Horses of all ages require adequate amounts of protein for maintenance, growth, reproduction and work in addition to structural health.
Essential vs. Non-Essential
Amino acids are the building blocks of protein and indicate the quality of the protein sources in a feed. Horses cannot synthesize all of the amino acids required for development and maintenance. Those that must be provided in the diet via feed and hay or pasture are called "essential" amino acids, while those that the horse can synthesize on their own are called "non-essential".
Limiting Amino Acids
Lysine, methionine and threonine are the first limiting amino acids. They are "limiting" because if they are deficient, the horse cannot make full use of the protein for hair coat, hoof growth and muscle development. This means that if a horse runs out of lysine, it can’t use any additional methionine. Additionally, if it has enough lysine, but runs out of methionine, it can’t use the next amino acid in line, and so on.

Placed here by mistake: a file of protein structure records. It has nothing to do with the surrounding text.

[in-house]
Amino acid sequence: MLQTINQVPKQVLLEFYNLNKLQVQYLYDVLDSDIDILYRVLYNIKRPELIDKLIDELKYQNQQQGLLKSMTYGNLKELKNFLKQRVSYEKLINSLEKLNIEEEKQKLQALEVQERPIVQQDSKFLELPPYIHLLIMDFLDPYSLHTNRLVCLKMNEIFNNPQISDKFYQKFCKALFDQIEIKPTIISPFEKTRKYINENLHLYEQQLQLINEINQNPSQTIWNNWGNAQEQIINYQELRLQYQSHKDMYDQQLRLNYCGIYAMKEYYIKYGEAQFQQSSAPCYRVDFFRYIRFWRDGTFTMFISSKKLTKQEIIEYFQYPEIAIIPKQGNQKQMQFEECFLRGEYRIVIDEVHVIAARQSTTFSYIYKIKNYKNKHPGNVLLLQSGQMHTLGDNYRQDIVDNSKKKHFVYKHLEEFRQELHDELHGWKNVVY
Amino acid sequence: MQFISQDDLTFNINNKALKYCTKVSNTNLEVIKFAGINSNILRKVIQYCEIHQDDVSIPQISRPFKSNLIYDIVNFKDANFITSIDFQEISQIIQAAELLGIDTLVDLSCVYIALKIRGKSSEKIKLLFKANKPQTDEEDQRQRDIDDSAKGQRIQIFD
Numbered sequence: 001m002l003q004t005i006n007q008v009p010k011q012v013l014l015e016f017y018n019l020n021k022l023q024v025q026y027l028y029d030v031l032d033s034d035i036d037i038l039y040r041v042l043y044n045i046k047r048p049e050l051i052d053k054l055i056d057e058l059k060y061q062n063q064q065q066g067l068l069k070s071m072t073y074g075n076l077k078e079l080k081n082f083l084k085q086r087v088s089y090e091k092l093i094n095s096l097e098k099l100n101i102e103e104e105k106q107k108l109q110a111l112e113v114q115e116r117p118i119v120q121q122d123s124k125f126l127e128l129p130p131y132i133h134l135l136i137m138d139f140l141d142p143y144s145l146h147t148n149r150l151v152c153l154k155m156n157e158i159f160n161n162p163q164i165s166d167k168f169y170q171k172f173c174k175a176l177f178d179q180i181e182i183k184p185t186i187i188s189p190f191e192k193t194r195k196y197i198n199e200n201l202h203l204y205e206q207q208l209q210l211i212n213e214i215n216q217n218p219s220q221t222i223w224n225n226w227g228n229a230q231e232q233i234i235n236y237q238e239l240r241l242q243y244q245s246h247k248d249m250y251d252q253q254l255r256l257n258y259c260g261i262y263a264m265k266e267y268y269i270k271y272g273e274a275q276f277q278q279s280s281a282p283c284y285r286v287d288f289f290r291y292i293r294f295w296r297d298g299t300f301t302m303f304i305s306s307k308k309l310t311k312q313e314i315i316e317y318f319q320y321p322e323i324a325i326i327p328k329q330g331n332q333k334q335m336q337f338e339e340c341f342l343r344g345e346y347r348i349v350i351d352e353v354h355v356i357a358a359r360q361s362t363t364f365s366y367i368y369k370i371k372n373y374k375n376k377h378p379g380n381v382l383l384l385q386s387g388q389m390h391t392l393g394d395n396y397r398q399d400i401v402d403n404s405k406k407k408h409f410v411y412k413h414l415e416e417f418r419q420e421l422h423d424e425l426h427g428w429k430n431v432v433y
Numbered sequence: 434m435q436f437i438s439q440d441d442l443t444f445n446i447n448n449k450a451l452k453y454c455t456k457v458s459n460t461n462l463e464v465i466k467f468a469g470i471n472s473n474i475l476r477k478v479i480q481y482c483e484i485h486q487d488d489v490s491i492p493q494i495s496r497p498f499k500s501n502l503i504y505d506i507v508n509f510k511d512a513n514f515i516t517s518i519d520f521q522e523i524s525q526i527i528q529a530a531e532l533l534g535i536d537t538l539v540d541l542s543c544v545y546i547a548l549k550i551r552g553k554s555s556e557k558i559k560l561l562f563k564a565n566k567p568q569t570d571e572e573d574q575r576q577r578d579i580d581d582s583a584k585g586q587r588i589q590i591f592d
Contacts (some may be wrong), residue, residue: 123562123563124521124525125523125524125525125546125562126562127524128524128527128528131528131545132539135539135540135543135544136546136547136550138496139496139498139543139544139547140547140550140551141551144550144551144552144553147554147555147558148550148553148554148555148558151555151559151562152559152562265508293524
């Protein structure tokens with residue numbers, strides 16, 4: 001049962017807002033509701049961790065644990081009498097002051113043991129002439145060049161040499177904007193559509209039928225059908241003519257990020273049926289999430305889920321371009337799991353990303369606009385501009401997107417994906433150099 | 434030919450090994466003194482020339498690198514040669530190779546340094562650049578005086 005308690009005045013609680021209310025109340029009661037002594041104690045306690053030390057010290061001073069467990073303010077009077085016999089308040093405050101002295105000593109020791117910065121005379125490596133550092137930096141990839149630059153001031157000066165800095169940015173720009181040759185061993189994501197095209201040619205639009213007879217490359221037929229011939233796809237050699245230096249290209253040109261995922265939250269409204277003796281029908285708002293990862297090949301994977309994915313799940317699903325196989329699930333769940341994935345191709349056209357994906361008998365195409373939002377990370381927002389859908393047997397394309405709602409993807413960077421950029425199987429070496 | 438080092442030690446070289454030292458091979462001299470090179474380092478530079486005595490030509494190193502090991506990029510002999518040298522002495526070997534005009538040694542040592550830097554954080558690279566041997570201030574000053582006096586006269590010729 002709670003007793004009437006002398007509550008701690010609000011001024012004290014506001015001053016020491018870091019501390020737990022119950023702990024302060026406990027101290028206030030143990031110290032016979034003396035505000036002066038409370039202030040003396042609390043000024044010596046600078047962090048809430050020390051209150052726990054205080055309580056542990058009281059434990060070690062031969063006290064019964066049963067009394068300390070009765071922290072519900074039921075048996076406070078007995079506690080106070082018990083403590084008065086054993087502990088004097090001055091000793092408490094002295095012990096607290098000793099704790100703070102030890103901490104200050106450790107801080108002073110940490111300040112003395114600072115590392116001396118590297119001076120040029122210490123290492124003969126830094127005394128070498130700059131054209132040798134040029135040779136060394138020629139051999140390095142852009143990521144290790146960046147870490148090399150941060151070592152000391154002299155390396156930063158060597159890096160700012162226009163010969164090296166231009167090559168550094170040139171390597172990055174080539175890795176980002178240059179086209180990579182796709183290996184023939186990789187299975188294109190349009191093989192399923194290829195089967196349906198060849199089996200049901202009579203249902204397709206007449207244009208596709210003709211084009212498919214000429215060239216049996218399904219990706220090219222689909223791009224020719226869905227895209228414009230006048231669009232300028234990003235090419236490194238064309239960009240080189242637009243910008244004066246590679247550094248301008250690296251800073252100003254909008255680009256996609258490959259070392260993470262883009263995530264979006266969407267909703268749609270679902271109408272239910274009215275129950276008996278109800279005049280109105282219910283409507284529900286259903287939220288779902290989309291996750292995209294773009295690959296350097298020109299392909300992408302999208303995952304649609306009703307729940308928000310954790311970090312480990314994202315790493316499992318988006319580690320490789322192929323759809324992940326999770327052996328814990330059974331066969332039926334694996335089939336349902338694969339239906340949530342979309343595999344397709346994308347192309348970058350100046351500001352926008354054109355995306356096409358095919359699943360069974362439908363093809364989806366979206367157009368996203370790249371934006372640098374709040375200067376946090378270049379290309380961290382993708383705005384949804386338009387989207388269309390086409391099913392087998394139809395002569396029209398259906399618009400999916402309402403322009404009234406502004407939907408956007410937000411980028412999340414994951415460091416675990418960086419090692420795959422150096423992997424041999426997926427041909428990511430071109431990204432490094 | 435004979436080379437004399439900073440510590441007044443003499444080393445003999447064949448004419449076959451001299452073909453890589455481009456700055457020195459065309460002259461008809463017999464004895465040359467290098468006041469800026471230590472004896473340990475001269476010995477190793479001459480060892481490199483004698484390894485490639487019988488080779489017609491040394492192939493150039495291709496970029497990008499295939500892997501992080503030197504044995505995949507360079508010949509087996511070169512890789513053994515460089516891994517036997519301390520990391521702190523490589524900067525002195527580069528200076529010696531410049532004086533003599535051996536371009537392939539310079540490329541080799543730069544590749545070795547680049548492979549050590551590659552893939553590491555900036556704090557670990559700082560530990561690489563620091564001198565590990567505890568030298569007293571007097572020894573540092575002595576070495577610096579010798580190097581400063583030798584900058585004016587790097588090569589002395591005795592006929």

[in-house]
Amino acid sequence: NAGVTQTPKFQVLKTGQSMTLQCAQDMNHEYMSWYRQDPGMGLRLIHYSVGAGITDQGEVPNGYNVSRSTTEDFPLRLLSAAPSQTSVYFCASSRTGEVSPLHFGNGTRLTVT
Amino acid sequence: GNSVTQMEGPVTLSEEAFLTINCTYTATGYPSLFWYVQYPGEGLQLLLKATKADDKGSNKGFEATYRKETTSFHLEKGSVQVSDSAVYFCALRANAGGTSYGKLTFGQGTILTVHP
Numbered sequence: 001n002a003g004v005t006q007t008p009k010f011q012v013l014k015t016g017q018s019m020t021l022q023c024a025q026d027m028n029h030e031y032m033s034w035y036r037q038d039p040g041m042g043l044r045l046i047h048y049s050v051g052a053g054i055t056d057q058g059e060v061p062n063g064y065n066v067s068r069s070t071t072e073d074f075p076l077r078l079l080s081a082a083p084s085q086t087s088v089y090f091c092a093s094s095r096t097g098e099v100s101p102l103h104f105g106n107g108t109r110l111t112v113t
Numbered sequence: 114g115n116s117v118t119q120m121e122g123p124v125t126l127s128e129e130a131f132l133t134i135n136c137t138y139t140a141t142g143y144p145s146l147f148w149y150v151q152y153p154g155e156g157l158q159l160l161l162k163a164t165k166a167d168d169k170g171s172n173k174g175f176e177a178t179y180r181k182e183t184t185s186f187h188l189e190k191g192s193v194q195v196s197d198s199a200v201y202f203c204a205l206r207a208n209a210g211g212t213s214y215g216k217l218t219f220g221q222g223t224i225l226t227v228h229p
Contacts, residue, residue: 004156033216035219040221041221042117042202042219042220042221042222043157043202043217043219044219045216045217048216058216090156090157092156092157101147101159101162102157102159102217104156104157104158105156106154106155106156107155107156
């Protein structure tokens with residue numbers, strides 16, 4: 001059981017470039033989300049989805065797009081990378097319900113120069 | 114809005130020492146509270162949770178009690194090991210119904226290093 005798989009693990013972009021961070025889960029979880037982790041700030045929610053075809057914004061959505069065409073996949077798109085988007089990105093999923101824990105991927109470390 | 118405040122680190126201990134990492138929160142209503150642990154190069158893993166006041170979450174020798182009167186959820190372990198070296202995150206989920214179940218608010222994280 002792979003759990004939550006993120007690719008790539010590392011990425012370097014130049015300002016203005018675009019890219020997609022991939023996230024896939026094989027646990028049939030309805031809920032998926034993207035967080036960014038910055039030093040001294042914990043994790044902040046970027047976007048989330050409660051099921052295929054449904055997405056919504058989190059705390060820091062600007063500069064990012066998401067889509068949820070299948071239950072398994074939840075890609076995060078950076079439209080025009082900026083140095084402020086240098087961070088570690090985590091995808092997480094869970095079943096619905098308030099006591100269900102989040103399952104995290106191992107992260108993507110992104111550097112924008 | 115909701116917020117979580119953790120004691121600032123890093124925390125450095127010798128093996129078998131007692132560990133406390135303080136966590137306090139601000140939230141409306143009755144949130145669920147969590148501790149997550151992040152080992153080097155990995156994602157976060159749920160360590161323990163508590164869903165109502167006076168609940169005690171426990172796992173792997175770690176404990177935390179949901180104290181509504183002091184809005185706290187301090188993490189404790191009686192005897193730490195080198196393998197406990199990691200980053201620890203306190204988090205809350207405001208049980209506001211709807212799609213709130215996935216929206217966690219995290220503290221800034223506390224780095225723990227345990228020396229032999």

Growth and Reproduction
Effects of too much protein
Lowering crude protein while meeting essential amino acid levels allows horse owners to reduce the amount of ammonia produced, reduce the risk of dehydration and improve stall air quality.